Leak in the ceiling when it rains. Can't find source.


Old 11-07-13, 07:24 AM
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Leak in the ceiling when it rains. Can't find source.

My question: How can I search for the origin of the leak?

I have had a problem leak in my living room ceiling for a year. Every time I think I've fixed it, it comes back the next prolonged rain. I have taken off the entire roof over that area. I have removed and rebuit the balcony with a steeper slope. I have used roofing felt, shingles, flashing, and waterproof sealer to ensure water travels as it is supposed to. I cannot figure out where the water is coming from and it is very aggrivating. Looks like I am going to have to remove the drywall (again) and start digging around (again). It's either that, or I call a priest to end this poltergeist.

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This is the leak after 12 hours of good rain (taken this morning, 6am).

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This is what the area looked like last December. I was still working on the exterior, so some of the siding wasn't done yet. At that time, I thought the water might be getting in under the shingles at the bottom of the roof, or coming in around the corner of the wall. I made sure flashing and roofing was properly installed to prevent water from coming in.

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This is what it looked like over the summer when I pulled up the balcony and rebuilt it with a steeper slope.

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New sheathing over balcony. I then put down heavy paper, adhesive, rolled shingle, and coated the whole balcony with aluminum roof coating. I have traced the water path from the roof peak down to where the roof channel spills onto the balcony. I have checked the step flashing, corner flashing, and slope flashing to make sure water is flowing properly. My best guess is that the water is not coming from directly above, but is travelling from the outer edge of the garage area back to the beam, then coming down the beam and leaking through the ceiling.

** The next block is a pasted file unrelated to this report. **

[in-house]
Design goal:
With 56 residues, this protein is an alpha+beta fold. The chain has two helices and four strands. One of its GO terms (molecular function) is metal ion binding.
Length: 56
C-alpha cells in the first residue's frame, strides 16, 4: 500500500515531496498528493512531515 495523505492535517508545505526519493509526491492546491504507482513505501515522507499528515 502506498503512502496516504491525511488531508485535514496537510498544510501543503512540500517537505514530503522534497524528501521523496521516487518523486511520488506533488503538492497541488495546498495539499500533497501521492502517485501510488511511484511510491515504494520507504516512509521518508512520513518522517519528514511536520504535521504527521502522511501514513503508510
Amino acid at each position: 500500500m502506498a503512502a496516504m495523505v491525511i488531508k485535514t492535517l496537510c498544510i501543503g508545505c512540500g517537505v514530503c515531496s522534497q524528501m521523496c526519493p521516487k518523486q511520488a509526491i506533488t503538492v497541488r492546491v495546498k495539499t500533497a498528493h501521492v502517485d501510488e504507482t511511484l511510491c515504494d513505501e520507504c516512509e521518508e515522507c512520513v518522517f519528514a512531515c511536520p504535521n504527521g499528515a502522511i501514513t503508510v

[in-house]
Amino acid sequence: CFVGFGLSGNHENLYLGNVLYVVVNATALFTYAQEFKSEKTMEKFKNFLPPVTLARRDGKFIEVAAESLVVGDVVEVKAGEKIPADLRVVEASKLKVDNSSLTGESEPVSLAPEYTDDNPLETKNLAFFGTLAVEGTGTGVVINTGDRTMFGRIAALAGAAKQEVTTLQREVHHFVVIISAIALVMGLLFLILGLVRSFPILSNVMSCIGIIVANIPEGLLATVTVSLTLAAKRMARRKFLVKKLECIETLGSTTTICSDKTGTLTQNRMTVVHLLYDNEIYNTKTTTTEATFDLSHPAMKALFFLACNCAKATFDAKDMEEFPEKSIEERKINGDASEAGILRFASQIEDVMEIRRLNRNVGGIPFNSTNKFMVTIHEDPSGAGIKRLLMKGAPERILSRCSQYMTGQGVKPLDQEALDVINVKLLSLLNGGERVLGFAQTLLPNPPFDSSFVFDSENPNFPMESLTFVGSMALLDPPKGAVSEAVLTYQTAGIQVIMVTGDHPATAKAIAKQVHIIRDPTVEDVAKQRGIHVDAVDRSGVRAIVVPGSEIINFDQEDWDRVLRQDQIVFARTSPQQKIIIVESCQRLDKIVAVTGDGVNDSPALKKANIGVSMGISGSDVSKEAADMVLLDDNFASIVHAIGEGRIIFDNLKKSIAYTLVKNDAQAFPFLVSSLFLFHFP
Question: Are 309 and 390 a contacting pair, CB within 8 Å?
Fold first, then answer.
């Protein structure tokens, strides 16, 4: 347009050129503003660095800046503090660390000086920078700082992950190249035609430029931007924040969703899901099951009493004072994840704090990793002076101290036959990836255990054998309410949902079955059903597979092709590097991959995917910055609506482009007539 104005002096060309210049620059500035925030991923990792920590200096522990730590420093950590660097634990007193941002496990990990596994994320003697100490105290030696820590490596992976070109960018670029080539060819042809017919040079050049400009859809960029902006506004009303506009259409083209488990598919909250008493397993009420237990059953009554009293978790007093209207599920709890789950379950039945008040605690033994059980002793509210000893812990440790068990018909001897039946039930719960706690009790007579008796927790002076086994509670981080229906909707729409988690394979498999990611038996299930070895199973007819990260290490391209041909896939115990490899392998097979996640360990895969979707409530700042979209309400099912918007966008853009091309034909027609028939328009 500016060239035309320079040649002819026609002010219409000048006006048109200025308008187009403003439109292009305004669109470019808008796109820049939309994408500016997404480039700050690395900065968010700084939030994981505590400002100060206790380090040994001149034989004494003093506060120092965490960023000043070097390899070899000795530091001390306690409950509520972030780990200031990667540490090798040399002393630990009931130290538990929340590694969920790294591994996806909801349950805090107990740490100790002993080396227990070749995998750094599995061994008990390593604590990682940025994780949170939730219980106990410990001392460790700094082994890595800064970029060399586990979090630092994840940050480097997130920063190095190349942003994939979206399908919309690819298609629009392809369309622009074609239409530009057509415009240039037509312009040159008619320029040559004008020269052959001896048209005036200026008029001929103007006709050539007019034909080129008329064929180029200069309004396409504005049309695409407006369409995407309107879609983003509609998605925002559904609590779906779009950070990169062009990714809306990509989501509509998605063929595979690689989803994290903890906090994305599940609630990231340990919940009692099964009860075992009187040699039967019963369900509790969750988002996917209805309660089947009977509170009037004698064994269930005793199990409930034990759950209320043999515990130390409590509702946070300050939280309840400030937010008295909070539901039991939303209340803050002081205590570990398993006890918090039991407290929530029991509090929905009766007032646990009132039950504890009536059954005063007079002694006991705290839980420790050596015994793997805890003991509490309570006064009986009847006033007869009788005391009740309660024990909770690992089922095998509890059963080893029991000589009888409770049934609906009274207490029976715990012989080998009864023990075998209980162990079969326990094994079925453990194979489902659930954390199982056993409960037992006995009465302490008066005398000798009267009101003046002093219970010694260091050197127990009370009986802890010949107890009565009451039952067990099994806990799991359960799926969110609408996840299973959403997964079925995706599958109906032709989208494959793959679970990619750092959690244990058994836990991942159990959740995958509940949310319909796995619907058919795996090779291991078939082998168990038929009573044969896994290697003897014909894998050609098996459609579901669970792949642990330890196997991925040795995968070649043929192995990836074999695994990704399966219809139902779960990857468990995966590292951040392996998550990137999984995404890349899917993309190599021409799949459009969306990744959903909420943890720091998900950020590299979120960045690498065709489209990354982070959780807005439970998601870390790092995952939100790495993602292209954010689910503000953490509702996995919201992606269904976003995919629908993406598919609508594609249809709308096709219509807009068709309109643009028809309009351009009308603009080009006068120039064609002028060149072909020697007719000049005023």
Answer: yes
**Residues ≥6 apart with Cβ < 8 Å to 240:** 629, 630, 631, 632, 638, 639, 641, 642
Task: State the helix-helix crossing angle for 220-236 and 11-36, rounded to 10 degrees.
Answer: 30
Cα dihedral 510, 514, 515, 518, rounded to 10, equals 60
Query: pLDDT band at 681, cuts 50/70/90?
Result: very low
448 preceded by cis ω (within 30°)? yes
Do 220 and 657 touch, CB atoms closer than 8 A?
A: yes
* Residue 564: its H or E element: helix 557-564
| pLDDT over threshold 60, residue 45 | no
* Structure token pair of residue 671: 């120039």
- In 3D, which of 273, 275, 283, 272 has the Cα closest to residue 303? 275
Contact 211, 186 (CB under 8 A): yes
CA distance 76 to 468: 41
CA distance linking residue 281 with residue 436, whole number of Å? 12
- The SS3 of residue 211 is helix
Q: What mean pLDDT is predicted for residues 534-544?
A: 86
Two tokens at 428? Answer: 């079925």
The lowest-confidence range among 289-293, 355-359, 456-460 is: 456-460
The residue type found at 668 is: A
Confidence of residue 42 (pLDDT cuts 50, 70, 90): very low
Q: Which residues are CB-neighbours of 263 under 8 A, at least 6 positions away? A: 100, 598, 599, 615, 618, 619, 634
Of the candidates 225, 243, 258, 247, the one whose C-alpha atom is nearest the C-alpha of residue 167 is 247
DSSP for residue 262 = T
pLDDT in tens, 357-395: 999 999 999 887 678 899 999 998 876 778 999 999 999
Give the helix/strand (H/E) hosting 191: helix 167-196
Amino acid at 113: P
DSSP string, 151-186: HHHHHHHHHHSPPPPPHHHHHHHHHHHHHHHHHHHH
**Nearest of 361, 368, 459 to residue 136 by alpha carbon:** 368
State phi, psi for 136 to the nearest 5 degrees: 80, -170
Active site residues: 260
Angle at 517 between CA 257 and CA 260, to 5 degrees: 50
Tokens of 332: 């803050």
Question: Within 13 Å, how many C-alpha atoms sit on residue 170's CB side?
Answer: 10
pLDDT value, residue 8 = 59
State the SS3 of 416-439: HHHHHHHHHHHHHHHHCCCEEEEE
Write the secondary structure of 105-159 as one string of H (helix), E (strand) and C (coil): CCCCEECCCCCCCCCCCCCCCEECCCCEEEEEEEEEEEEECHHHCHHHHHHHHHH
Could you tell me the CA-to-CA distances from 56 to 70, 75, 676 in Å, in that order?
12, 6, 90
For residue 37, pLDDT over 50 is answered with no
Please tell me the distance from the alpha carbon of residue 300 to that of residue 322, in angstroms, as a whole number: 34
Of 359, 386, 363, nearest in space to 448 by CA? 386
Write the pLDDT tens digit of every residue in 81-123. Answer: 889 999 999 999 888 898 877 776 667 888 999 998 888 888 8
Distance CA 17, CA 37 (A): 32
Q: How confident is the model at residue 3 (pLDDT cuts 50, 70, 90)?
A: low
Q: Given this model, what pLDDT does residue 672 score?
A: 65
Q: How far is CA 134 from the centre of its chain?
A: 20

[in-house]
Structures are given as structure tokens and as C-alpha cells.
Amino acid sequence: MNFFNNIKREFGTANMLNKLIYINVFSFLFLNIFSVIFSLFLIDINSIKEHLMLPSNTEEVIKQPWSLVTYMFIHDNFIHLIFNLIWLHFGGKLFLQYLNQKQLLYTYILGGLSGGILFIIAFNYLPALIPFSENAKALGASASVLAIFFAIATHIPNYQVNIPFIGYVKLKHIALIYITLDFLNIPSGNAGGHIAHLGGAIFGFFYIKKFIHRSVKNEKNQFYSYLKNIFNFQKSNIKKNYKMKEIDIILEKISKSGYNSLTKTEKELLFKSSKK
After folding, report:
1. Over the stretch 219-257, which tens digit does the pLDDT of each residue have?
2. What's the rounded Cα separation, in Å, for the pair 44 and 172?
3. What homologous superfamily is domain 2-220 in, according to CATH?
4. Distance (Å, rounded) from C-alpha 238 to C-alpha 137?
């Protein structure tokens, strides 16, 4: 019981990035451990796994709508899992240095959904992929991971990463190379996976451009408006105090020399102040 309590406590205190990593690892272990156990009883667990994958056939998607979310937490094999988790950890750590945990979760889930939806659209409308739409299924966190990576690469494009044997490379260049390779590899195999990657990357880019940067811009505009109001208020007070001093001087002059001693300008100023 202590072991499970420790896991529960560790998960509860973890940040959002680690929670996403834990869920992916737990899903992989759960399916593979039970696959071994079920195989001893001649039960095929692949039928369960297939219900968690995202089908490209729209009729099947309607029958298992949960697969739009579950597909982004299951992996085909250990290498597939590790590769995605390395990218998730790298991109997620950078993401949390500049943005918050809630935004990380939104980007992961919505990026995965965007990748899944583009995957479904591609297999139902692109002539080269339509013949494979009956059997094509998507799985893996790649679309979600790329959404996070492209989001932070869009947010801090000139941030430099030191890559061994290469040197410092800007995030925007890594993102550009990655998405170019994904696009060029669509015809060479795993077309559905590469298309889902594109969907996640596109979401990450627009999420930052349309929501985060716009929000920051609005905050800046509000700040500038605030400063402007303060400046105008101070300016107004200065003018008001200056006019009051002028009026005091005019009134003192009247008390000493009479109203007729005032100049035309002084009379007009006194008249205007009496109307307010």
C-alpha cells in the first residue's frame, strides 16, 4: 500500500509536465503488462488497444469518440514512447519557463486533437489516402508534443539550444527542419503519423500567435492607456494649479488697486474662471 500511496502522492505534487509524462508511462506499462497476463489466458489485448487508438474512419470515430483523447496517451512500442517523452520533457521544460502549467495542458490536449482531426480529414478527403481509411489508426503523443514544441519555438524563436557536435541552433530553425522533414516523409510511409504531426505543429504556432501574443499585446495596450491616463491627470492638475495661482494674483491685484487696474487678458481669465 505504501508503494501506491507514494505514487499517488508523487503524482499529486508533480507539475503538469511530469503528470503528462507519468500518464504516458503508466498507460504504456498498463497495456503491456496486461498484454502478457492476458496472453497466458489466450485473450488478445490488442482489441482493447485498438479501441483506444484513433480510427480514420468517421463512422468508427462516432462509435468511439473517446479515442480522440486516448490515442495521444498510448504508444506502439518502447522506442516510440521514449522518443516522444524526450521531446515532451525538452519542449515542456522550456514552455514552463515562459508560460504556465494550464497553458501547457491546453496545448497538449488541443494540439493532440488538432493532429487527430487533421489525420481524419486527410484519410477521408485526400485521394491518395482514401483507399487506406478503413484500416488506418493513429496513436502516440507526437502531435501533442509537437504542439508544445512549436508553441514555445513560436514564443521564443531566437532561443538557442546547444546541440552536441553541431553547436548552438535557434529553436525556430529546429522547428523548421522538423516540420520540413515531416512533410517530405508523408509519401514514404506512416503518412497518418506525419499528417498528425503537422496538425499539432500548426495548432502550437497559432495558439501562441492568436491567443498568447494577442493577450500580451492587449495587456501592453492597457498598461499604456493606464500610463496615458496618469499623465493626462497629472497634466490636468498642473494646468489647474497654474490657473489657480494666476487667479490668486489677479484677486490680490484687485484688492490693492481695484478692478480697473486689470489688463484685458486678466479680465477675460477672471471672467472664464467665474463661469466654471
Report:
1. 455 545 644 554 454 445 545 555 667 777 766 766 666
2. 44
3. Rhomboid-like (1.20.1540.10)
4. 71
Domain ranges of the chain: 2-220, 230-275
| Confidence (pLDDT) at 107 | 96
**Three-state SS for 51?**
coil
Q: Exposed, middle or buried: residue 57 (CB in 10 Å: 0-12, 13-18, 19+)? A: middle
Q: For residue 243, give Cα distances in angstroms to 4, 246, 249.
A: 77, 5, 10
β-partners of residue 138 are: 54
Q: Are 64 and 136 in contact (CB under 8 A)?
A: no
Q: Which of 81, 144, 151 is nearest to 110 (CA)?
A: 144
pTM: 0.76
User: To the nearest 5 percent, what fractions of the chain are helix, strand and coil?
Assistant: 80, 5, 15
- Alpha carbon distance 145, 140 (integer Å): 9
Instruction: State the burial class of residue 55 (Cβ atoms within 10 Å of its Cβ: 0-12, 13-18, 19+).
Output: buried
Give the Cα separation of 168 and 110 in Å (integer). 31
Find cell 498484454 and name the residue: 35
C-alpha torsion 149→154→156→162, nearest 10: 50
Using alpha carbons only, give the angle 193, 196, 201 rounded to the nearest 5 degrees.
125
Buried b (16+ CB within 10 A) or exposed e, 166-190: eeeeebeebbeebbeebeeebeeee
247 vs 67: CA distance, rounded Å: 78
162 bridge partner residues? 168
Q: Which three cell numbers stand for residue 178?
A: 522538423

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Old 11-07-13, 08:43 AM
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You might as well open the ceiling & trace the water from the inside. You'll see marks on the joists. You have to replace that sheet rock anyway. You could also test it with a hose while the ceiling is opened.
Old 11-07-13, 09:16 AM
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If it ever stops raining, I'll remove the drywall again and try the hose trick.

I tried tracing the source of the water the last time I had the ceiling open. I thought it was coming from farther out on the balcony by slipping between some flashing and then making its way along the sub-floor back to the header. Once the water hits the header, it goes down, onto the drywall ceiling.

I took apart that area of the balcony, resealed everything, then put on the aluminum roof coating and made sure I painted two coats into the corner (where balcony floor meets exterior wall).

I really thought that took care of it, as I didn't see the leak for a few months, but now it's November and we've had steady rain the last couple of days. To my great disgust and sadness, the leak has returned.
Old 11-07-13, 03:06 PM
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Do you mean the first floor exterior wall? What about the windows above the balcony floor? Are they too far away from where you see the water?
Old 11-07-13, 04:44 PM
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No way is the way you did it not going to leak.
Still not enough slope.
Roll roofing which is the lowest of the low grade roofing and it's laid in the wrong direction plus it must have been laying on it's side at one point because it's all cracked.
Trim in direct contact with the roofing is going to rot in no time.
Felt is never going to prevent leaks.
Where's the metal flashing where the roof meets the low sloped roof?
Why is there caulking between the sections of plywood?
Old 11-13-13, 08:33 AM
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This may be way off the mark but I had a leak that I couldn't find the source for as well. In the end it turned out to be that the caulk around the plumbing vents had dried out and the water ran down the vent pipe, onto the top plate of my garage wall and then down into our bedroom. From 3 feet away, the vent seals looked good but when you got up close you could see they were dried out and peeled off with just a little pulling.

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